Who is Liable for Infringing Media on My Website: Me or My Web Designer?

Elliott Stapleton Copyright, Internet Law

Both of you can be held liable.  As the end user that financially benefits from your website and because you have the ability to direct and supervise your web designer, you are liable for any copyright infringement committed by your web designer.  This is true whether or not you or your web designer actually knew that he or she infringed upon a copyright.  Lack of knowledge is not a defense to copyright infringement (although it may mitigate your damages).

When it comes to deciding who to sue, a plaintiff will likely pursue the person with the deeper pockets.  In most cases, that is the business for which the web designer was working and not the web designer himself.  Therefore, you will want to take certain precautions to protect your business from copyright infringement as much as possible.  If your web designer is an independent contractor (for small businesses, most are), include warranties and indemnification provisions in your agreement stating that the designer has obtained permission to use the media placed on your website and will reimburse you for any damages incurred because of infringement.  While these provisions will not prevent you from being sued by a copyright holder, they will give your business a clear cause of action against your web designer for any damages you have suffered.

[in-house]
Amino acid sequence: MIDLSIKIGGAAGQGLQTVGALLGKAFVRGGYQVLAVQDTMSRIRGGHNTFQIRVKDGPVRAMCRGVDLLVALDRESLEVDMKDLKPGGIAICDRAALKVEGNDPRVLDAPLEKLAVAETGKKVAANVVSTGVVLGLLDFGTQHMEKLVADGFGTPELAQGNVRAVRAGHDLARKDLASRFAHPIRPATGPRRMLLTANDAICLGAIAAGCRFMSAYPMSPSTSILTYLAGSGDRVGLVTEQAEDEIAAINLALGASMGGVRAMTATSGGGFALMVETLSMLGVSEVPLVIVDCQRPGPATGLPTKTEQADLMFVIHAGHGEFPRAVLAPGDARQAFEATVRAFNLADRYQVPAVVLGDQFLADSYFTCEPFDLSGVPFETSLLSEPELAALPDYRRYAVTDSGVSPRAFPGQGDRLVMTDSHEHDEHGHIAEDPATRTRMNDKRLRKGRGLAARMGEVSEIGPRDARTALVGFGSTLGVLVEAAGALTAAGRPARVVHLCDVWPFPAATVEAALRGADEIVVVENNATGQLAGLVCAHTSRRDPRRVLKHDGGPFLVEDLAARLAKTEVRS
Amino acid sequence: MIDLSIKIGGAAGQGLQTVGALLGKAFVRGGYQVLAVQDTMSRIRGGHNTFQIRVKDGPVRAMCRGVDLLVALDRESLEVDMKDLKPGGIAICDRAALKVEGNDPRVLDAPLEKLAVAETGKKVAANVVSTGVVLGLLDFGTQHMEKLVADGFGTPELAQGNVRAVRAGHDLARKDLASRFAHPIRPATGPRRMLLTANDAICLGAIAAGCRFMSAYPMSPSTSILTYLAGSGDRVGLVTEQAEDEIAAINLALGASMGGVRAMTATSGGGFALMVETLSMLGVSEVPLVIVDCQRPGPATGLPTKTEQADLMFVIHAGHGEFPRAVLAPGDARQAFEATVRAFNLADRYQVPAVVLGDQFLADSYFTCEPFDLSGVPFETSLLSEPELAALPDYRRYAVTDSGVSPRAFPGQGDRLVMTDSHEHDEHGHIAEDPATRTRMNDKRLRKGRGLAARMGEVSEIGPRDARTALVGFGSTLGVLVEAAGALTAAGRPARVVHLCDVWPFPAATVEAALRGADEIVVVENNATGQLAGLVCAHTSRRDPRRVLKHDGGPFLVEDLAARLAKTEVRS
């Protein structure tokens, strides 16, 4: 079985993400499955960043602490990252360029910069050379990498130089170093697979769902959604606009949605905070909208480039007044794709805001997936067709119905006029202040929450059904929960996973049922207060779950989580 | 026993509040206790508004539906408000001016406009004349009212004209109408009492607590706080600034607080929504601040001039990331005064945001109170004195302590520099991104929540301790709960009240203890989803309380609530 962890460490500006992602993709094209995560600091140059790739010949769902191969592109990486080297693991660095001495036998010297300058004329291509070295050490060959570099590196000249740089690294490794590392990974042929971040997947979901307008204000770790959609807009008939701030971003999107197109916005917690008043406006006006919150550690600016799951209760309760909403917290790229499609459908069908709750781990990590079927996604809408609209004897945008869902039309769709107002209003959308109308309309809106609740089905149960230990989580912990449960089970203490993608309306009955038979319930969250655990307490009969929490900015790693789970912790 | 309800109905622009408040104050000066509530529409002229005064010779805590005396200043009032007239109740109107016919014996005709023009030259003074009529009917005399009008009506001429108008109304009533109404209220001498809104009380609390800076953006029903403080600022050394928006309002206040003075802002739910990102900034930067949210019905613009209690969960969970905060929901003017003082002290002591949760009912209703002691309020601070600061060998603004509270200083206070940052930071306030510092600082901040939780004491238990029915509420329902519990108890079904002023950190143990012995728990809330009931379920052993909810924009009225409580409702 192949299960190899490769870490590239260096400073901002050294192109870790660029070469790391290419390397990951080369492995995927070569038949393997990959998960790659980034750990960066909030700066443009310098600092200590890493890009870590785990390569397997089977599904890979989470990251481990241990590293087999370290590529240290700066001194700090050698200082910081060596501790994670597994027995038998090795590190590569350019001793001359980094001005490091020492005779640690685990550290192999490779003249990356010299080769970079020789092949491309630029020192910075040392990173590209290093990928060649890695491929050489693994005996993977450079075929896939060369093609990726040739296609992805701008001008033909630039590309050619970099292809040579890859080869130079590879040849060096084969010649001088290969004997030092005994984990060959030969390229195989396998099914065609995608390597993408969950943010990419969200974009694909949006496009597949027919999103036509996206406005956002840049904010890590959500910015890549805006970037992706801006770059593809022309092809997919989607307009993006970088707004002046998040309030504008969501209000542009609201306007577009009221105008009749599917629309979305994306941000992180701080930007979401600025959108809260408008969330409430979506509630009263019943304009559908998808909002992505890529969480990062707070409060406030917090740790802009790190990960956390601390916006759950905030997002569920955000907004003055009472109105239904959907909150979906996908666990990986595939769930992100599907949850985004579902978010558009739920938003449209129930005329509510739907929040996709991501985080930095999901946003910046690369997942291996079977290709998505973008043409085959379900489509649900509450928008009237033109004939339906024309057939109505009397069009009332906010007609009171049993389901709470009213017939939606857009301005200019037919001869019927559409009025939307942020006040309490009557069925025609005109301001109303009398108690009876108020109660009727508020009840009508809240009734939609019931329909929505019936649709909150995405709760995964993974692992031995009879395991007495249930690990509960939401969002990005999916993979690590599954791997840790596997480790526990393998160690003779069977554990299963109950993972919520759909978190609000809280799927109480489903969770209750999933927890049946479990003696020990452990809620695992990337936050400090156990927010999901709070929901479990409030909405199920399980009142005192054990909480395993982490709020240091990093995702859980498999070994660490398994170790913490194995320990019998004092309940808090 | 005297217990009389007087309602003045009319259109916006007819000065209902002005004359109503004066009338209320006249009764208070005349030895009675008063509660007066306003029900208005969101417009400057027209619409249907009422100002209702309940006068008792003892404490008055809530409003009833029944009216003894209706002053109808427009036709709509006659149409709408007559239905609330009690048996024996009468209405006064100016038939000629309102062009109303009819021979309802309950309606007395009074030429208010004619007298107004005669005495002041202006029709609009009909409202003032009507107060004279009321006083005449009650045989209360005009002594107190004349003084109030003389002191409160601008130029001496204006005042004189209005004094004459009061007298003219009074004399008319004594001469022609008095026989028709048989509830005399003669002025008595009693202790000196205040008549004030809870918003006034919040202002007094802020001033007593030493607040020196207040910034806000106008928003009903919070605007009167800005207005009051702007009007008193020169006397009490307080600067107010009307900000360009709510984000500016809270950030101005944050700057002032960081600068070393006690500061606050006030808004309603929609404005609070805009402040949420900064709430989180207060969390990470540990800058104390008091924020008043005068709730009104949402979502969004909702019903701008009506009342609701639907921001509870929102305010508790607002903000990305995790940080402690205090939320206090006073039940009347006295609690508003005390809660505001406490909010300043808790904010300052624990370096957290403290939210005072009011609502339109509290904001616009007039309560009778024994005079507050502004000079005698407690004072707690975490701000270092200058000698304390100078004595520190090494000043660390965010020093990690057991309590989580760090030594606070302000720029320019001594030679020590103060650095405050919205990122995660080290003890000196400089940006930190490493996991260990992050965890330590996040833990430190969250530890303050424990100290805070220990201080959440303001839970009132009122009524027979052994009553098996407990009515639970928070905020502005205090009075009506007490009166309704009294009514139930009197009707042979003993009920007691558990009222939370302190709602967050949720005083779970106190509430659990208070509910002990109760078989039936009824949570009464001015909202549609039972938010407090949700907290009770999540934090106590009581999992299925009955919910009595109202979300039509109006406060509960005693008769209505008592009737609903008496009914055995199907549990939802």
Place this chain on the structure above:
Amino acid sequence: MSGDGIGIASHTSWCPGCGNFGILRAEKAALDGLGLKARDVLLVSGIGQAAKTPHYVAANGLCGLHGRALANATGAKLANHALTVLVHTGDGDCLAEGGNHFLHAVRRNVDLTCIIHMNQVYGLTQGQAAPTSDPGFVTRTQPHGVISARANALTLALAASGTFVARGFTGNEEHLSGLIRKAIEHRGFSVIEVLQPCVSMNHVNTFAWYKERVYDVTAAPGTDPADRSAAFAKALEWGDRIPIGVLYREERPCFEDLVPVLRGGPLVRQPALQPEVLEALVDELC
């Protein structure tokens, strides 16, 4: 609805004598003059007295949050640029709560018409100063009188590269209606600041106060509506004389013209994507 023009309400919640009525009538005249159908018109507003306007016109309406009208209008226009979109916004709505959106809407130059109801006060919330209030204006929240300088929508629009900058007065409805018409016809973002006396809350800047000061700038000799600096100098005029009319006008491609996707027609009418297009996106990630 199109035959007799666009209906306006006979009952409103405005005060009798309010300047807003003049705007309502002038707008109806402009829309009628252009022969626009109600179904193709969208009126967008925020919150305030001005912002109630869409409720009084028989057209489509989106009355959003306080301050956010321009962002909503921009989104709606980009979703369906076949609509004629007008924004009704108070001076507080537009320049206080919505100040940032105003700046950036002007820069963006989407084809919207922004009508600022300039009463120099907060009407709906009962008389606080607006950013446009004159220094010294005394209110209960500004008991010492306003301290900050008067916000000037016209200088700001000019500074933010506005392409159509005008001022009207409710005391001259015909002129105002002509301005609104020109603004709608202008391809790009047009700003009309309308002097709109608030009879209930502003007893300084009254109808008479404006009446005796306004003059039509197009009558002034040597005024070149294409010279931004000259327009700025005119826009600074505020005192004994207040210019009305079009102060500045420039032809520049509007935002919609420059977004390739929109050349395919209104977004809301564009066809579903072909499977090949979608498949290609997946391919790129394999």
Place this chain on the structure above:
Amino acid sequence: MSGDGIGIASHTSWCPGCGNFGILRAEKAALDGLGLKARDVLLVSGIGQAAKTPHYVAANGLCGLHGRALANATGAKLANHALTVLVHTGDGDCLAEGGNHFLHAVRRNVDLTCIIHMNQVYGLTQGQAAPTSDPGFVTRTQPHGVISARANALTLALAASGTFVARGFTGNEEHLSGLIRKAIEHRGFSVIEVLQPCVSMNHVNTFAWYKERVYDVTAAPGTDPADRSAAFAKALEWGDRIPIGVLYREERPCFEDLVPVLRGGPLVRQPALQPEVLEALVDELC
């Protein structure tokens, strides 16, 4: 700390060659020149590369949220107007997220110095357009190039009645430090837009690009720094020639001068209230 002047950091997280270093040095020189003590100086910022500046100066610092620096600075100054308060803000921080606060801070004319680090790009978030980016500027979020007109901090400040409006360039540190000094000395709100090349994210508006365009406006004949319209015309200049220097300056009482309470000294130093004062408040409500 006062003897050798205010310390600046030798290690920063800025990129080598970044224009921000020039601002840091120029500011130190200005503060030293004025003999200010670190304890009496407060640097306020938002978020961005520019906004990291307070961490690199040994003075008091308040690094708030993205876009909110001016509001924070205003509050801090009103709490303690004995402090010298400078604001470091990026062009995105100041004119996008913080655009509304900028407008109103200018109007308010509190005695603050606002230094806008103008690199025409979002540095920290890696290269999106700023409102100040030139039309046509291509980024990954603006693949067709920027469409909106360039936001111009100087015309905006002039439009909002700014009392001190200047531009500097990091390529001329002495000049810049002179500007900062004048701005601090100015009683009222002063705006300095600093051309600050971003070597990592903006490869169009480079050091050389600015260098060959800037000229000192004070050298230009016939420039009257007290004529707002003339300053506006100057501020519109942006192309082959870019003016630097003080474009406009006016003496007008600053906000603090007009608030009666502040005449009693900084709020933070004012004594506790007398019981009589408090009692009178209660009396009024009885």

Whenever possible, verify that the media on your site is properly owned or licensed.  In addition, ensure your agreement with your web designer contains warranties and indemnification provisions to protect you against any infringement that the web designer commits.  Not only is the agreement with your web designer important for the reasons listed above, but if your designer is an independent contractor, it is also necessary to give your business rights in the work your designer creates.  Without this agreement, you may actually be liable for infringement upon the works that your web designer created specifically for your business.

If you have further questions regarding copyright law or need a work-for-hire agreement, contact one of our attorneys for a free consultation.

Schedule a free consultation.

Just a conversation - no cost.

Share this Post

About the Author

Elliott Stapleton

Elliott is a partner in the firm of Cornetet, Meyer, Rush and Stapleton serving clients throughout Ohio. Elliott's business clients range from small single member companies to large privately-held businesses. CMRS Law provides legal services which include advice on Business Formation and Transactions, Real Estate Transactions, Trademark Law, Copyright Law, Estate Planning, Trust Administration, Probate Administration, and Succession Planning. CMRS Law serves clients at two locations: 123 Boggs Lane, 1st Floor, Cincinnati, Ohio 45246 and 2101 Grandin Road, Suite A, Cincinnati, OH 45208